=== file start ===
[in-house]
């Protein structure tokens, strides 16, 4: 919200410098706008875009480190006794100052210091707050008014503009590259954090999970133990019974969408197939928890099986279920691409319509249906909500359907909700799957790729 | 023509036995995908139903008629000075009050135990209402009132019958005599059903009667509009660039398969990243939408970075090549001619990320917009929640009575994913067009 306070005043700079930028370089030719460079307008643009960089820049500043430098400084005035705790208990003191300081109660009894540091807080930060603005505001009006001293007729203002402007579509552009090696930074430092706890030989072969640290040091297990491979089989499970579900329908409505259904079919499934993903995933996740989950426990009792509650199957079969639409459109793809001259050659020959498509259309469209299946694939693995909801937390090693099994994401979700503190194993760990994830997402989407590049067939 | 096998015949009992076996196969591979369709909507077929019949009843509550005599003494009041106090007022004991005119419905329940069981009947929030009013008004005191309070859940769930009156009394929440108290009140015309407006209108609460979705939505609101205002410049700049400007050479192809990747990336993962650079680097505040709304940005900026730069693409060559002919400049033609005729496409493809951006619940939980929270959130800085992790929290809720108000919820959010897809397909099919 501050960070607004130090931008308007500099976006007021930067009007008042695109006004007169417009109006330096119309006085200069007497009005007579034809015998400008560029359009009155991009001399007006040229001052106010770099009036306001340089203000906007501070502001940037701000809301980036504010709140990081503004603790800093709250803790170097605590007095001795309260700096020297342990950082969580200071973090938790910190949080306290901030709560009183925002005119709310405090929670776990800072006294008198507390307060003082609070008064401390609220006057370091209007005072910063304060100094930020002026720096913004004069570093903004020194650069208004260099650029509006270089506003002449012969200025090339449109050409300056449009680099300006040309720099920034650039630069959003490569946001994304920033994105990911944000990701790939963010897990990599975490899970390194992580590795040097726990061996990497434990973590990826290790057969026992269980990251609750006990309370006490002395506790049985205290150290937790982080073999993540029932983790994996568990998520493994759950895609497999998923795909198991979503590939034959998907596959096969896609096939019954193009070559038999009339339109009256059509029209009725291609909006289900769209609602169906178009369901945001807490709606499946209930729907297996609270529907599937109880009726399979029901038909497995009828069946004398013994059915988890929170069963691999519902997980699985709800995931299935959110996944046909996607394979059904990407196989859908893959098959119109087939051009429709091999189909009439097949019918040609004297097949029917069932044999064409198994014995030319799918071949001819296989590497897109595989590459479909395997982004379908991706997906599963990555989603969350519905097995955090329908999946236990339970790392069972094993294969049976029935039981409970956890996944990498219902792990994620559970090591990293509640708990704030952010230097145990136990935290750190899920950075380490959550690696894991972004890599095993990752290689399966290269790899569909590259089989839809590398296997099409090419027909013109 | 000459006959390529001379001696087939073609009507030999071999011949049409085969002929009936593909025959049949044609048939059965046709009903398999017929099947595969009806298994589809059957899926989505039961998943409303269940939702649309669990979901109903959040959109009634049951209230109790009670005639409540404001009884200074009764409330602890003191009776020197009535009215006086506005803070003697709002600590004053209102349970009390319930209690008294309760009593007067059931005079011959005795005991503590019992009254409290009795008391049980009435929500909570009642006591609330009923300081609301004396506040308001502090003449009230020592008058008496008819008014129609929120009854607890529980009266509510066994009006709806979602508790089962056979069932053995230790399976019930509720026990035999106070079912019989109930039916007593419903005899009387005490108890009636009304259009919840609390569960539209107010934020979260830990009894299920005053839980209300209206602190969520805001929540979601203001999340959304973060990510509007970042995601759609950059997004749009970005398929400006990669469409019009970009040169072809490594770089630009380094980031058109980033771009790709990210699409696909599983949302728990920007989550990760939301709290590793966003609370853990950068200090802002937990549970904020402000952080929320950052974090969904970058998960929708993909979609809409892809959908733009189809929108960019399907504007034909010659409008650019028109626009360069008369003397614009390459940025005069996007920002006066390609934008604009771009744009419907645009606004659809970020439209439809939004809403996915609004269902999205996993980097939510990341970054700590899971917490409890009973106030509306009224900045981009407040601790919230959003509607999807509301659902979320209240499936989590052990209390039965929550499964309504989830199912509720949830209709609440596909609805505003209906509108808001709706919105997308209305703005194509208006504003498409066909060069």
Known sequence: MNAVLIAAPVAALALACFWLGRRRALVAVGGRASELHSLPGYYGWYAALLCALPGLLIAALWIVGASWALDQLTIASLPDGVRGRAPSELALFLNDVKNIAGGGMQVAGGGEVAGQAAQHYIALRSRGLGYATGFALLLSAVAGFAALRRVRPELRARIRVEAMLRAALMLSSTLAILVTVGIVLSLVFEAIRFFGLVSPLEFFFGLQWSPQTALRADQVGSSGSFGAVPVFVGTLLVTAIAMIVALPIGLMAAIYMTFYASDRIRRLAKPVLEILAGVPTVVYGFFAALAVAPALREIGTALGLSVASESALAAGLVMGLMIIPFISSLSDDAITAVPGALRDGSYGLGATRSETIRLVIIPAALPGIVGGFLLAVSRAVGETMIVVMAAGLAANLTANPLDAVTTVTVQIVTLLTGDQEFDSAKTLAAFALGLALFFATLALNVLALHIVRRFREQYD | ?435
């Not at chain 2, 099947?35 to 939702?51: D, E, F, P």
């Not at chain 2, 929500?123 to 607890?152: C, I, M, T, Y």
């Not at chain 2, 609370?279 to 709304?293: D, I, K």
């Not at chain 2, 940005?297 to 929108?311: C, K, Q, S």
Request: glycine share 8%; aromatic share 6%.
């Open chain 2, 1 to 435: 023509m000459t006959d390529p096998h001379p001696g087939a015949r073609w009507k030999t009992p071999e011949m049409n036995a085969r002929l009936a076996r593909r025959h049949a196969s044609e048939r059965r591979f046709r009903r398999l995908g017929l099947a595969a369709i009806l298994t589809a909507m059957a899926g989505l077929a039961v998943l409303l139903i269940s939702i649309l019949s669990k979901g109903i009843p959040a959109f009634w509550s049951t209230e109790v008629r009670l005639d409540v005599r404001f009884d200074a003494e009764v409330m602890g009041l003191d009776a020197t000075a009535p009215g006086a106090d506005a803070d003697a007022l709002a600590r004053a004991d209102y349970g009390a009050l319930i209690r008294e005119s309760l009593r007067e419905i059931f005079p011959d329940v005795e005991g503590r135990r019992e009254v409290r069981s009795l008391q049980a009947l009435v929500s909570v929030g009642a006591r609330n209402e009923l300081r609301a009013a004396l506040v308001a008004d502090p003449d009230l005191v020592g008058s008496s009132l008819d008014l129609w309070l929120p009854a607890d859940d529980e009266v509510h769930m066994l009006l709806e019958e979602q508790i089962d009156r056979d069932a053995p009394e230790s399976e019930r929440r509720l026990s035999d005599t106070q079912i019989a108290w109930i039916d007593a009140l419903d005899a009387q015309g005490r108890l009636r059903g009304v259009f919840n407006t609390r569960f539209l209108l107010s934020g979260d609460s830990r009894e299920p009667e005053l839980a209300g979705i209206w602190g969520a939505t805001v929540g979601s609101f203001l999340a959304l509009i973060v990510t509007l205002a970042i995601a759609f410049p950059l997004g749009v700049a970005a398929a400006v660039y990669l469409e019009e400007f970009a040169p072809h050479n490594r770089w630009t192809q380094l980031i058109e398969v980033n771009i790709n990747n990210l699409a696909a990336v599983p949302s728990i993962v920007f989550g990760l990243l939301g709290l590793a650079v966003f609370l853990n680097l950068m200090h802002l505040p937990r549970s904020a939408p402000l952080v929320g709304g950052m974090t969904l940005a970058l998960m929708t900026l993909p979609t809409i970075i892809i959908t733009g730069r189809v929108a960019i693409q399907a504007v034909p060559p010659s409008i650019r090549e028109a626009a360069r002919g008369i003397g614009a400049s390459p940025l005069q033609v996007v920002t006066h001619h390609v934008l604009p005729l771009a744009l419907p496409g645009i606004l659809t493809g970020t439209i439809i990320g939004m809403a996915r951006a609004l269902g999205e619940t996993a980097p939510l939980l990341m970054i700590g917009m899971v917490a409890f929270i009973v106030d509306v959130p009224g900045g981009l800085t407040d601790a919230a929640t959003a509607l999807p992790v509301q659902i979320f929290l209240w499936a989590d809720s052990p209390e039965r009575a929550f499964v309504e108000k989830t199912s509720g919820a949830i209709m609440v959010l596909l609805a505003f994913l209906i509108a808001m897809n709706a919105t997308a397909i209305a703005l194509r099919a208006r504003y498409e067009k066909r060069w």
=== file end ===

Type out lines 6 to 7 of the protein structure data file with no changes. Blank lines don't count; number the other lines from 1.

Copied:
């Not at chain 2, 609370?279 to 709304?293: D, I, K």
């Not at chain 2, 940005?297 to 929108?311: C, K, Q, S």